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ANZ/Suncorp deal will be first test for new ACCC boss

The watchdog has long bemoaned the market power of the big four banks, but proving that an ANZ takeover of Suncorp will substantially lessen competition may prove complex. 

ANZ will have a much easier time convincing investors about the merits of a $4.9 billion takeover of Suncorp’s bank than it will about buying accounting software group MYOB.

But convincing the new chair of the Australian Competition and Consumer Commission, Gina Cass-Gottlieb, may be another thing entirely.

Gina Cass-Gottlieb will have a close look at ANZ’s takeover of Suncorp’s bank.  David Rowe

The deal looms as the first major test for Cass-Gottlieb. But although the idea that the power of the big four should not be increased is almost a foundational philosophy for the watchdog, proving ANZ’s takeover will result in a substantial lessening of competition will be more complex.

Former ACCC chairman Graeme Samuel approved Australia’s last major bank takeovers – Commonwealth Bank’s acquisition of BankWest and Westpac’s purchase of St George – through gritted teeth, given the turmoil the smaller groups faced in the GFC left him little choice. But as far back as 2010, he warned any further mergers between a big four bank and a regional rival would face intense and possibly insurmountable scrutiny.

Samuel’s successor, Rod Sims, regularly bemoaned the lack of competition in the banking sector and conducted inquiries into mortgage competition in 2018 and 2020. The ACCC even set up a Financial Services Unit that was (comically) asked by the Coalition government to make recommendations to improve banking competition every six months.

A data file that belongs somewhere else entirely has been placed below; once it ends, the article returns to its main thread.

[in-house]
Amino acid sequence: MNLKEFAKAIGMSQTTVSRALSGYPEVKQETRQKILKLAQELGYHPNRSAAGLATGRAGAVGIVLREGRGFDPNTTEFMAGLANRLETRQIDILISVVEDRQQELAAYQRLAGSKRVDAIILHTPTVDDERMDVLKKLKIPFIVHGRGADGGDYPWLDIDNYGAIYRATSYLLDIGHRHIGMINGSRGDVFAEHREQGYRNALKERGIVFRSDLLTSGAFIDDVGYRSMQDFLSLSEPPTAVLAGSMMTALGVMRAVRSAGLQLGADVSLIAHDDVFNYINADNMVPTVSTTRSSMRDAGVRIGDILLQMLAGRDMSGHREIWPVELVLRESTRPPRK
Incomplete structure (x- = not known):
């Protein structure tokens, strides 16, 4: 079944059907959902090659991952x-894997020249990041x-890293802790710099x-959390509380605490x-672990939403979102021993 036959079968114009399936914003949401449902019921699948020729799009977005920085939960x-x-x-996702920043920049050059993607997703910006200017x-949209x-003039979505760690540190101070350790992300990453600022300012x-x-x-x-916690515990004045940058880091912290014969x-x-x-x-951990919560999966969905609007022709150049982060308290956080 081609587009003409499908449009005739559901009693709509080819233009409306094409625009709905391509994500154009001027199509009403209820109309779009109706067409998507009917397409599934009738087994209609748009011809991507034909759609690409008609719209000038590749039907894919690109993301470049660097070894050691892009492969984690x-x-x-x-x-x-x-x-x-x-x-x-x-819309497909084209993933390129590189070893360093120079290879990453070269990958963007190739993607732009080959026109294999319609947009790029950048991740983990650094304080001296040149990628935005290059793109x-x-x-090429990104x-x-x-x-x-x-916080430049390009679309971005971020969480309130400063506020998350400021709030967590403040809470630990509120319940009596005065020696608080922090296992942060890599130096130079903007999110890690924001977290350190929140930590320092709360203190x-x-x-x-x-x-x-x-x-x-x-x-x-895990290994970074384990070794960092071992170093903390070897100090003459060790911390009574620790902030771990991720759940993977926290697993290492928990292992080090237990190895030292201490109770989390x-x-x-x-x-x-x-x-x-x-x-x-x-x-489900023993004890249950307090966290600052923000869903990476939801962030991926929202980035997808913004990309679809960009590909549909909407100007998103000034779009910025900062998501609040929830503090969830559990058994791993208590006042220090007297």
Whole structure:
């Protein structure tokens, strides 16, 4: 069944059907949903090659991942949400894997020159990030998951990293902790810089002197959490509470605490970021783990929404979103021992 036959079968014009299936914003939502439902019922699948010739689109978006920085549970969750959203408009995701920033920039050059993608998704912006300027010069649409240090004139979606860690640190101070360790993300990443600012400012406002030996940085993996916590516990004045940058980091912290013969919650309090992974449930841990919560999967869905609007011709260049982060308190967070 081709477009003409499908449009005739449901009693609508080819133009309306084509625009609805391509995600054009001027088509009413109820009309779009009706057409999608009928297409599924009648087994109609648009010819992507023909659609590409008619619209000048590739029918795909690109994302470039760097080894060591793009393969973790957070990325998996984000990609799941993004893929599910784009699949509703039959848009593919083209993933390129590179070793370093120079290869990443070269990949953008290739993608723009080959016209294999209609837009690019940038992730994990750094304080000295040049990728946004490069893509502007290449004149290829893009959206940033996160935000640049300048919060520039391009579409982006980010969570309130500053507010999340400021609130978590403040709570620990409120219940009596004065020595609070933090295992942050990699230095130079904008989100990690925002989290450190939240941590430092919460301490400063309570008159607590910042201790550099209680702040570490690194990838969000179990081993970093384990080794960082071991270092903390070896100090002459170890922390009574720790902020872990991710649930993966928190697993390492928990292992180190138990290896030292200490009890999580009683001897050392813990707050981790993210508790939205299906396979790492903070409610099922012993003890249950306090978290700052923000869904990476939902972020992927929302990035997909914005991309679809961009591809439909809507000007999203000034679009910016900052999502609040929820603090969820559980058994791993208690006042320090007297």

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All of which would appear to make it easy for the ACCC to knock back ANZ’s Suncorp takeover. But data from the prudential regulator suggests that the actual impact on competition will be relatively small.

While the big four’s share of home lending is 75.2 per cent, ANZ is the laggard of the bunch with a 13.1 per cent share. Suncorp is the smallest regional bank with a 2.3 per cent share, meaning the pair’s combined share of 15.4 per cent would be way behind CBA (market leader with 26 per cent) and Westpac (21.6 per cent).

Deposit market shares are broadly similar, with ANZ holding 13.3 per cent and Suncorp holding 1.7 per cent. ANZ’s combined deposit share post-merger of 15 per cent would rank it fourth of the big four, behind third-placed NAB with a 16.9 per cent share.

Three competitors down to two is clearly a substantial lessening of competition. Four down to three also meets the criteria in banking.

But seven (the big four plus Bendigo & Adelaide Bank, Bank of Queensland and Suncorp) down to six is a harder case to make.

Although that probably won’t prevent Cass-Gottlieb from trying.

More on the ANZ-Suncorp deal

James Thomson is a Chanticleer columnist based in Melbourne. He was the Companies editor and editor of BRW Magazine. Connect with James on Twitter. Email James at j.thomson@afr.com

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